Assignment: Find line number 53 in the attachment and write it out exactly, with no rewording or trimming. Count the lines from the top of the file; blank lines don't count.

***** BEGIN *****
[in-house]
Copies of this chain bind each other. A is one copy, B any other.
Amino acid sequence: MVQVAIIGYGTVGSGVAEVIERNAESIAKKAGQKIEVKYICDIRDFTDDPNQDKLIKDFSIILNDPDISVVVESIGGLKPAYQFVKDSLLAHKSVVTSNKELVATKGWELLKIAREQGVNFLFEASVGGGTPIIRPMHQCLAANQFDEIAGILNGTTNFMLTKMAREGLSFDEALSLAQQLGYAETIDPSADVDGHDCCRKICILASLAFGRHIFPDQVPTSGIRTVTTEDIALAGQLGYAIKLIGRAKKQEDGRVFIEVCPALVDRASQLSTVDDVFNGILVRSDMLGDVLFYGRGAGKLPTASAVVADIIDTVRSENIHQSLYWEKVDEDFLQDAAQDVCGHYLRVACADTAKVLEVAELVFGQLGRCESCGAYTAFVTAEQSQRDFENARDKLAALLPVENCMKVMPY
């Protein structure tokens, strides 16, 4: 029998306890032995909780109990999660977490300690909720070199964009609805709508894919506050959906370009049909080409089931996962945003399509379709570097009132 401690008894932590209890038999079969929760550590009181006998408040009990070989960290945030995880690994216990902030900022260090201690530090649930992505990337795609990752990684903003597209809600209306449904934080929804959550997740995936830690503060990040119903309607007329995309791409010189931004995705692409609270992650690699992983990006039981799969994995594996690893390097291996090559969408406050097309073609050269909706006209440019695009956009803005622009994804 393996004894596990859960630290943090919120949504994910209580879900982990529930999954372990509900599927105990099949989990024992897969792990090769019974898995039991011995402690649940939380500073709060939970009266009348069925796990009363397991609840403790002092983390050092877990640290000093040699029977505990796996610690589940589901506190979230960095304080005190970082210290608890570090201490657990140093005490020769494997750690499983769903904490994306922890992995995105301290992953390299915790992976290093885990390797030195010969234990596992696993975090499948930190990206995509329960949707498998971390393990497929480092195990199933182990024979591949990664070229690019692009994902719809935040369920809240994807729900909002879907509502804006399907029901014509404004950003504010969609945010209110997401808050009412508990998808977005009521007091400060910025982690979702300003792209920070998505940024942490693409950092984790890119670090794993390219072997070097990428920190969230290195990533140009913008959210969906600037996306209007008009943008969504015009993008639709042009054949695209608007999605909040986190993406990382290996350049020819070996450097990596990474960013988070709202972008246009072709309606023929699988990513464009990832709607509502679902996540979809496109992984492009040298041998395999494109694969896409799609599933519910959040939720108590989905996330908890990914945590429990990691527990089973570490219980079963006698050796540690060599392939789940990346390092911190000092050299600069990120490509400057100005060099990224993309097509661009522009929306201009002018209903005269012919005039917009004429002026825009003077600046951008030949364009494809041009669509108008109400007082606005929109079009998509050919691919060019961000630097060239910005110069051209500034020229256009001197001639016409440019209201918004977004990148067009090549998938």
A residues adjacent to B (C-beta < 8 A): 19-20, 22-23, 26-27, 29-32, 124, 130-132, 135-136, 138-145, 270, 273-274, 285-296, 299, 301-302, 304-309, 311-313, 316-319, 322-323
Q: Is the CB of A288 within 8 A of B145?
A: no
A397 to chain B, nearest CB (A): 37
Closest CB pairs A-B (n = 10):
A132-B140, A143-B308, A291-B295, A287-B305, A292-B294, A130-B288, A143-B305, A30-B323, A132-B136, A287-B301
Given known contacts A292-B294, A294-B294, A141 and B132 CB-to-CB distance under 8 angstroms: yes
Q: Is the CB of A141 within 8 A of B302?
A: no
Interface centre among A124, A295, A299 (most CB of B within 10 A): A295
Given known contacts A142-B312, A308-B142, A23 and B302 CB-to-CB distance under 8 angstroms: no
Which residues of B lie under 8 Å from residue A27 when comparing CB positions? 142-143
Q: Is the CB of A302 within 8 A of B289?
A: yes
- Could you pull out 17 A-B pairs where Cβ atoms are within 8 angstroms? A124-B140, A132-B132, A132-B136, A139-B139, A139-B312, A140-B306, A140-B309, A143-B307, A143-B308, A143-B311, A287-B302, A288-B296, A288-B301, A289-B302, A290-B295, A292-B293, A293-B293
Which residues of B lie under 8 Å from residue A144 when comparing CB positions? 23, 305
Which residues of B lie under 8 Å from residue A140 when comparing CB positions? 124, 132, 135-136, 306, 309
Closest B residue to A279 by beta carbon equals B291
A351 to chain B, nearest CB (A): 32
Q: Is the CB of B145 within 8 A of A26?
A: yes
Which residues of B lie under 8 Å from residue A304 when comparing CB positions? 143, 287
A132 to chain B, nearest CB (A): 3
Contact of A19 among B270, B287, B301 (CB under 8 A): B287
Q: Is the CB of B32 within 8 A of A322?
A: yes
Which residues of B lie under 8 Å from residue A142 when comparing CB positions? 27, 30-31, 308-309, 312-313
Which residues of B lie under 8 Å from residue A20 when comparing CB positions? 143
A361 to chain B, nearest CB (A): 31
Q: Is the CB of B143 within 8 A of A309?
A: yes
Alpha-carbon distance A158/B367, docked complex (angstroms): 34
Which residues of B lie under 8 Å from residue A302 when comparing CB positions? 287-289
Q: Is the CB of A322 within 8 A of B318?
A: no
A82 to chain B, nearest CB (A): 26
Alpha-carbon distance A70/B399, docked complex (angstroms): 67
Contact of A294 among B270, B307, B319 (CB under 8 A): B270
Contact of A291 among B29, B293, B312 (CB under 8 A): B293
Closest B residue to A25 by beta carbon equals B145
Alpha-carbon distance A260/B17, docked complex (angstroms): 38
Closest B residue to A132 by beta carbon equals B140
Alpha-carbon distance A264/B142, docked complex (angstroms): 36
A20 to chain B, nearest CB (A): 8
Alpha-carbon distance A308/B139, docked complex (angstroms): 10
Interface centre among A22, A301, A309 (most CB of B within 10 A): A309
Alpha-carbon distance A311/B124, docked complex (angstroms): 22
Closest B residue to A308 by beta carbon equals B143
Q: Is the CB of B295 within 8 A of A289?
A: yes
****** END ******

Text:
Q: Is the CB of B295 within 8 A of A289?